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Guest blog: My time with the Glasgow cyclists in the Pyrenees

Written by Fiona

July 21 2011

I met Marianne on the Marmot Tour of the Pyrenees. She’s a keen cyclist and takes part in the odd sportive event with the “aim of completing rather than competing”. She admitted feeling a little intimidated by the cycling trip, but she was determined to enjoy herself. She also confessed to being 38 but sometimes feels more like 28 or 48, depending on how long the hills are. Here she recounts her experience in the Pyrenees.

Marianne writes: This is my first steps/pedals into the world of blogs, and before I have a go there’s a thing that amuses me about the word “blog”: I always think it should sound similar to how Rowan Atkinson (in Blackadder) says “Bob”! Anyway… moving swiftly on…

My first impression of meeting FionaOutdoors, and the rest of the Glasgow crowd, on the first day of the biking holiday with Marmot Tours was: “Wooah, how much Lycra?!”. The nine cyclists and triathletes (not bikers) were clad from top-to-toe in top-notch cycle kit – and they were busy rebuilding their bikes. These bikes had been thoroughly dismantled for the plane flight (pedals, handlebars, derailleurs, wheels, headsets etc) and each of them was busy rebuilding their own bikes. In contrast I’d removed only the pedals and wheels and I’d even brought a recurring puncture with me to France!

I thought to myself: “This holiday is going to be about as relaxed as a battle to win a stage of the Tour de France.”

I do have to thank one of the Glasgow guys, however. He spotted that my headset was a little loose and tightened it for me. For those of you who know what that means, I might have been in trouble coming down some of those 18km descents  if I’d ridden a bike with a wobbly headset.

And so we set off to ride the first route of the holiday. My fear was that as I set out (ahead of the Glasgow crowd who were still doing all sorts of things to perfect their bikes) that I’d be quickly swallowed up by the others and spat out at the back of the group to plug away all day on my own. I thought my only consolation would be that someone else would get to the bar and have the beers waiting for me when I wobbled my way into camp (comfortable 2-star family-run hotels).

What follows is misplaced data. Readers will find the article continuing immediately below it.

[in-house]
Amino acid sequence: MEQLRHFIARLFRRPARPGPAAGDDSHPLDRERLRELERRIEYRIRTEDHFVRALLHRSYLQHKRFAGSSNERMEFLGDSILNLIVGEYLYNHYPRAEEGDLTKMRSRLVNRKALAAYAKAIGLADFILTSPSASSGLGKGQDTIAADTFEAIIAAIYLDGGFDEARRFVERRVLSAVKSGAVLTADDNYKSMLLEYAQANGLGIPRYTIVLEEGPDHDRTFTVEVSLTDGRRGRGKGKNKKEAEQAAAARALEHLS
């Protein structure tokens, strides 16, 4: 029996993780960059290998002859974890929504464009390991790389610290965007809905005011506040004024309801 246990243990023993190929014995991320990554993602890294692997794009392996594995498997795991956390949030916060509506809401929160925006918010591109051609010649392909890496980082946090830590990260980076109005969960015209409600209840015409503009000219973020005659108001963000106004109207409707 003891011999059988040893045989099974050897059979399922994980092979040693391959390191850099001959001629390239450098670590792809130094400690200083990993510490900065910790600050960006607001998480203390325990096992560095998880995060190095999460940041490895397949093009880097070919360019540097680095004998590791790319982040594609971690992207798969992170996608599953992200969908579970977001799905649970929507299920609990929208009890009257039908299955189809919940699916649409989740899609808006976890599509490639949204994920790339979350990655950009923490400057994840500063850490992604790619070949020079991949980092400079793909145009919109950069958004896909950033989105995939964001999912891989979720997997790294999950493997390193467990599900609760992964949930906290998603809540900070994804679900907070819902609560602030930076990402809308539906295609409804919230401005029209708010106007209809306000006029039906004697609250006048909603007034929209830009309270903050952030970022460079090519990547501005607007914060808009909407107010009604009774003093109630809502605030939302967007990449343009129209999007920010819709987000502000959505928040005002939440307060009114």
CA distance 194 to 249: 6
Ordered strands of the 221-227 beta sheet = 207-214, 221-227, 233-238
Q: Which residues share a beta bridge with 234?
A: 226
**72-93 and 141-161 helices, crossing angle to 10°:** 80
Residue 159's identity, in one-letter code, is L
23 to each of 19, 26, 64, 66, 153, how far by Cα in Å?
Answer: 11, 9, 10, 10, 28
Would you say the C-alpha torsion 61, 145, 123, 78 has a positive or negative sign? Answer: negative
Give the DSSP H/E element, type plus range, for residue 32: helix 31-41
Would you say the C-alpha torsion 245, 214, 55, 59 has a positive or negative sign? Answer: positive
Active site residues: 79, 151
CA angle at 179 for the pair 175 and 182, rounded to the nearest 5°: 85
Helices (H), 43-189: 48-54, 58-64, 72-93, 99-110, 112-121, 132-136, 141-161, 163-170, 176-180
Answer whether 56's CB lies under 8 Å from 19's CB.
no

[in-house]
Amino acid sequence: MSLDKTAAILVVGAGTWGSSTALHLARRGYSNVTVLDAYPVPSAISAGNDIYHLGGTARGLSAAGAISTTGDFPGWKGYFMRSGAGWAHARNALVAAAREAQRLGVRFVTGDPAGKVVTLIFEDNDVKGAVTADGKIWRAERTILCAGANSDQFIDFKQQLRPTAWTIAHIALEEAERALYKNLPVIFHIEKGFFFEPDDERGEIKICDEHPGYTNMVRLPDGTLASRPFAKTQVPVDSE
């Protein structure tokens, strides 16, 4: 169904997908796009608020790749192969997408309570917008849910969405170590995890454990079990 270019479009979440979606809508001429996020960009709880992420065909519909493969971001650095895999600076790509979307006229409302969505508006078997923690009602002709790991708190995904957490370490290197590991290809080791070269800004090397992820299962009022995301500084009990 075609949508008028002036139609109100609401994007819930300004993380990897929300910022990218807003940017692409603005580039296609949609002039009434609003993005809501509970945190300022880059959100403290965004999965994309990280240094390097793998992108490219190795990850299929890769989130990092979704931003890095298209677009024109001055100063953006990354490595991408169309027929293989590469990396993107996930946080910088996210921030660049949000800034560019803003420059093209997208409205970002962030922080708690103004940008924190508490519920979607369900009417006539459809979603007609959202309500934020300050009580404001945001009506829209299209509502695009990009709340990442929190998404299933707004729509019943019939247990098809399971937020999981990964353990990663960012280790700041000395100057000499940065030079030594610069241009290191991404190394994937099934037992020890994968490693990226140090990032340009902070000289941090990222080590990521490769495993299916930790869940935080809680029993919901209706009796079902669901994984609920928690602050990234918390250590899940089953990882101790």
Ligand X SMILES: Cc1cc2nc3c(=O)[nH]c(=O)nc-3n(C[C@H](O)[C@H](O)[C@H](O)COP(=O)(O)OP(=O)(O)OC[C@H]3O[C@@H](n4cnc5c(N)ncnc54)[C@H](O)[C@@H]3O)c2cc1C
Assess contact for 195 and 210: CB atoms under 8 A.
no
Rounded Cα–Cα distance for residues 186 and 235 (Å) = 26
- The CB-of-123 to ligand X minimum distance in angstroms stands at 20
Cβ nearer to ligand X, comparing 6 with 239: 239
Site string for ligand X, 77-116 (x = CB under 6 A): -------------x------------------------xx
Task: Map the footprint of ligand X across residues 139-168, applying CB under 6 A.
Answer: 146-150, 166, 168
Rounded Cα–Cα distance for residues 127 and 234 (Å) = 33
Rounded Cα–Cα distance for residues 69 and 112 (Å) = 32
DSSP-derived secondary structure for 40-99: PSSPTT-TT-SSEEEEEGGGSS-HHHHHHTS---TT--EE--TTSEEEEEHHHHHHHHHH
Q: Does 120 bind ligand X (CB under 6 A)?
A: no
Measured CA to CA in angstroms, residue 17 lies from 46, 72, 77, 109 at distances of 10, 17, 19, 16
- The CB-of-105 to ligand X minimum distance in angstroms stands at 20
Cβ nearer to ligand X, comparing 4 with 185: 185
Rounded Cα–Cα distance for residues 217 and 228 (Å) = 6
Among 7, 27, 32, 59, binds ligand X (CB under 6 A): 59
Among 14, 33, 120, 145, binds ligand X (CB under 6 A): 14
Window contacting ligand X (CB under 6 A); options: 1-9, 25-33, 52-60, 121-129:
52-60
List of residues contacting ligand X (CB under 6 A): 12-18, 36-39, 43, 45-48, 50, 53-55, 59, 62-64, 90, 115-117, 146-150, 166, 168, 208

But amazingly this didn’t happen that way because everyone was on holiday. No-one was racing and lunches were not rushed. Being champion (or champignon, you had to be there for that joke!) didn’t matter. Instead, the tour allowed for everyone to bike at their own speed with no pressure to be faster, slower, earlier or later.

That all sounds very lovely and bypasses the fact that on one day I did 20km uphill (Col du Tourmalet) followed by 13km uphill (Luz Ardiden) and a total of 2550m of climbing. Who knew it was possible to cycle uphill for 2hrs 20 mins and apparently enjoy it? And then do it again, thanks to a large injection of energy-giving cake courtesy of our tour leader James and his van.

Oh, and by then (day 6), I was out of mountain biking shorts – you know those lovely baggy style short shorts that I like to think hide a girl’s figure – and into the tight-fitting, figure-hugging Lycra shorts. I’m wondering if the French had put something in the Ruby Beer that we’d been drinking the night before to persuade me make such a drastic change. Or perhaps I somehow came under the influence of those cheery Lycra-addicted Glasgow cyclists and triathletes?

Despite feeling intimidated at the start of the trip I grew to really enjoy the company of the whole group. We were all out to enjoy ourselves and despite cycling at very different speeds up the cols, and covering a range of mileages each day, at lunches, in the evenings in the bar and over dinner and during breakfast each morning, the chat and camaraderie was really inclusive.

In conclusion, I’d recommend that if you like cycling, then take your bike on holiday with you. On the Marmot Tour of the Classic Cols of the Pyrenees I met some very interesting people who also enjoy biking, a few cycling addicts (very useful for learning more about bikes and cycling!) and a good number of more “normal” 9-5 office-dwelling people, just like myself!

The fitness benefits are amazing, too. My first ride back home and around my normal midweek evening loop saw me cutting 20 minutes from my pre-holiday time. I’m already planning my next cycling holiday!

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